Many visitors who come to TRON Web may have wondered why there is a black tunnel on the first page of this Web site. Actually, it is based on the famous Yasunari Kawabata novel Snow Country in which the main character comes out of a long train tunnel at the border between two regions of Japan and suddenly finds himself in "snow country," that is, present day Niigata Prefecture on the Japan Sea side of Honshu where there is enormous snowfall in the winter. In the novel, this character, a rich Tokyoite enamored with Western culture named Mr. Shimamura, says, "kokkyoo-no nagai toneeru-wo nukeru-to yukiguni deatta, which literally translates as: "When the train came out of a long tunnel at the border, it was snow country." His journey through a long dark tunnel that suddenly opens into a wondrous world of white where things Japanese are more important than things international reminds me of the long, arduous journey that the TRON Project has taken since its inception, and thus I made it the theme of my opening page.
For those of you who haven't been reading TRON Web for long, when I began TRON Web in 1997, the TRON Project was on the ropes. Lots of people, including many self-styled experts, were sure it was a failure. But, like many other people who have worked on the project since its early years, I was sure that the TRON Project would eventually succeed. That's why I added a short message that streams right to left in the message bar at the bottom of the viewer's browser: "The project came out of a long and difficult period, and suddenly we were in the Age of TRON." I was sure that those of us who have worked to make the TRON Project a success would eventually one day suddenly realize that we're in "the Age of TRON." For me, that day came on May 22, when it was reported in the Nihon Kogyo Shimbun that Toyota Motor Corporation had decided to create a "21st Century Dream House" in Aichi Prefecture using the TRON-based technologies. Yet another key application project of the TRON Project had been revived!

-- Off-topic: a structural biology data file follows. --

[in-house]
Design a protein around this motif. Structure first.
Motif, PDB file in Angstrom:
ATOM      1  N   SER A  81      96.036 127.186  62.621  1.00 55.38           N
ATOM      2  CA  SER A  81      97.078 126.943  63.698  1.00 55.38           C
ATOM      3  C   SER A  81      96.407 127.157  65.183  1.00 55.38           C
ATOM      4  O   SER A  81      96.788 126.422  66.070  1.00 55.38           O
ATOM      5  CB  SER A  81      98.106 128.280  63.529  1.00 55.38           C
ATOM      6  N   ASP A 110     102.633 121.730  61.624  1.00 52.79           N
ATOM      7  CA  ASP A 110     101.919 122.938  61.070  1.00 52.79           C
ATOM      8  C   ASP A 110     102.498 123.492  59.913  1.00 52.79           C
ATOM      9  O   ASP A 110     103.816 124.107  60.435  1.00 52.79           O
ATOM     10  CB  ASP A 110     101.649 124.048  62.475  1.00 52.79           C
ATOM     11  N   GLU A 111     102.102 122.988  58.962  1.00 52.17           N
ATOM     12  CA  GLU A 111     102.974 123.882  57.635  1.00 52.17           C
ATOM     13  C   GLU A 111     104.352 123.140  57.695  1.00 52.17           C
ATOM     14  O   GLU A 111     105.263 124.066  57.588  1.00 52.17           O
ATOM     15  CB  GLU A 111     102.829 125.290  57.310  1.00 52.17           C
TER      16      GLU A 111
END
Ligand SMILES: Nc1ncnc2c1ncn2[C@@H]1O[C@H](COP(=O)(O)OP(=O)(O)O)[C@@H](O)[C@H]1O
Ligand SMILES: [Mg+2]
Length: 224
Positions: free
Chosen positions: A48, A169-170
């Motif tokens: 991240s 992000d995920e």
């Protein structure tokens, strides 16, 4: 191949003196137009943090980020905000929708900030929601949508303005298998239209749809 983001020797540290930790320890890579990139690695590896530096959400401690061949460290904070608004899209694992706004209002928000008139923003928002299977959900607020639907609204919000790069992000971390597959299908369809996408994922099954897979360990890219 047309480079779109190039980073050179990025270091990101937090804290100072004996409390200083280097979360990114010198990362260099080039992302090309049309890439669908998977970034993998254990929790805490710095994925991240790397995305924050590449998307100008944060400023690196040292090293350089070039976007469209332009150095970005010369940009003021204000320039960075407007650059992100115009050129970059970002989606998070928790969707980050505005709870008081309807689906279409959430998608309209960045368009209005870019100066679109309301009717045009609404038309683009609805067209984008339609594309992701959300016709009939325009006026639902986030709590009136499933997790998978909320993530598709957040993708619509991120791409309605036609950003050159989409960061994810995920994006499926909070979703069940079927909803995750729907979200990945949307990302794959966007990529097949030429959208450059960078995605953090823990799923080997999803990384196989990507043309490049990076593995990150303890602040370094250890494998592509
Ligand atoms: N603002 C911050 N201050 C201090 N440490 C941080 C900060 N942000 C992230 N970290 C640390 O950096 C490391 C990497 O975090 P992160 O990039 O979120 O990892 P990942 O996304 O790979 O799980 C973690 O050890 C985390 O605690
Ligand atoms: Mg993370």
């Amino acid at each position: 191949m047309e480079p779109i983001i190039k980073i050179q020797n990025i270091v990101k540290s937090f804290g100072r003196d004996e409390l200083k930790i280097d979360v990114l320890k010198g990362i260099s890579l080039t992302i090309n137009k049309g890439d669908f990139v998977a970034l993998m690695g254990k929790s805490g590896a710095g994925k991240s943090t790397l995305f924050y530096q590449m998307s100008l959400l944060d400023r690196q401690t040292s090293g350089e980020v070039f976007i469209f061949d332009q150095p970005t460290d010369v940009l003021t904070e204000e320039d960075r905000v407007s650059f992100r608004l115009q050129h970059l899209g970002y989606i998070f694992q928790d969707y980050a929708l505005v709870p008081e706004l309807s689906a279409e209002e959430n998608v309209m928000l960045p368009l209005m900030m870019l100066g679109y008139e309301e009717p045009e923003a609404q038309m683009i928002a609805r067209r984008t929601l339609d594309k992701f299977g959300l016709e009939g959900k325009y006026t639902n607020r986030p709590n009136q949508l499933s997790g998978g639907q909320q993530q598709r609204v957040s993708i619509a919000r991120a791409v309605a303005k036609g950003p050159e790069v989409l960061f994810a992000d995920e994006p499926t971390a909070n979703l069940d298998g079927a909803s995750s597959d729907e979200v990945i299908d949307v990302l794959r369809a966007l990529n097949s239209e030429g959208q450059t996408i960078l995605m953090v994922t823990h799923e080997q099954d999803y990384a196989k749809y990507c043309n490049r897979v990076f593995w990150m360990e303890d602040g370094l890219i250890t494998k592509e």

When the TRON Project officially began in 1984, the goal was to create an open, royalty free, real-time computer architecture for computerizing human society. Basic technology projects were begun in tandem with application projects, and a TRON Intelligent House was actually built, put on display, and used as a test bed in Tokyo. Unfortunately, there were powerful forces in the U.S. that believed Japan had no business developing such advanced technologies, which, if successful, would dislodge proprietary American technologies. Thus, TRON, an open system along the lines of Linux, was listed as a "potential trade barrier" by the Office of the United States Trade Representative in 1989. As a result, Japanese companies more interested in exporting than developing their home market with their own technologies dropped TRON like a hot potato. This led to the derailing in short order of the BTRON educational computer project, the TRON VLSI CPU microprocessor project, and the TRON intelligent building projects.
Well, all these projects have now been revived. Last year a low-cost BTRON-based educational terminal incorporating the latest technologies was announced, and it is now in testing in primary and middle schools in the Tokyo area. Although a microprocessor project per se has not been revived, a standardized and open hardware development platform called T-Engine has been created, and its comes with a standardized and open kernel, monitor, and development environment. In addition, T-Engine is also equipped with a security architecture called eTRON, something that wasn't even on the drawing boards in the 1980s. To top it all off, there is a new Ubiquitous ID (uID) project that has been launched to develop the technologies for creating ubiquitous computing environments in which human living and work spaces will be computerized. In short, the TRON Architecture is back with a vengeance. It has finally come out of the long, dark tunnel of fear, uncertainty, and doubt and is now headed for a bright future.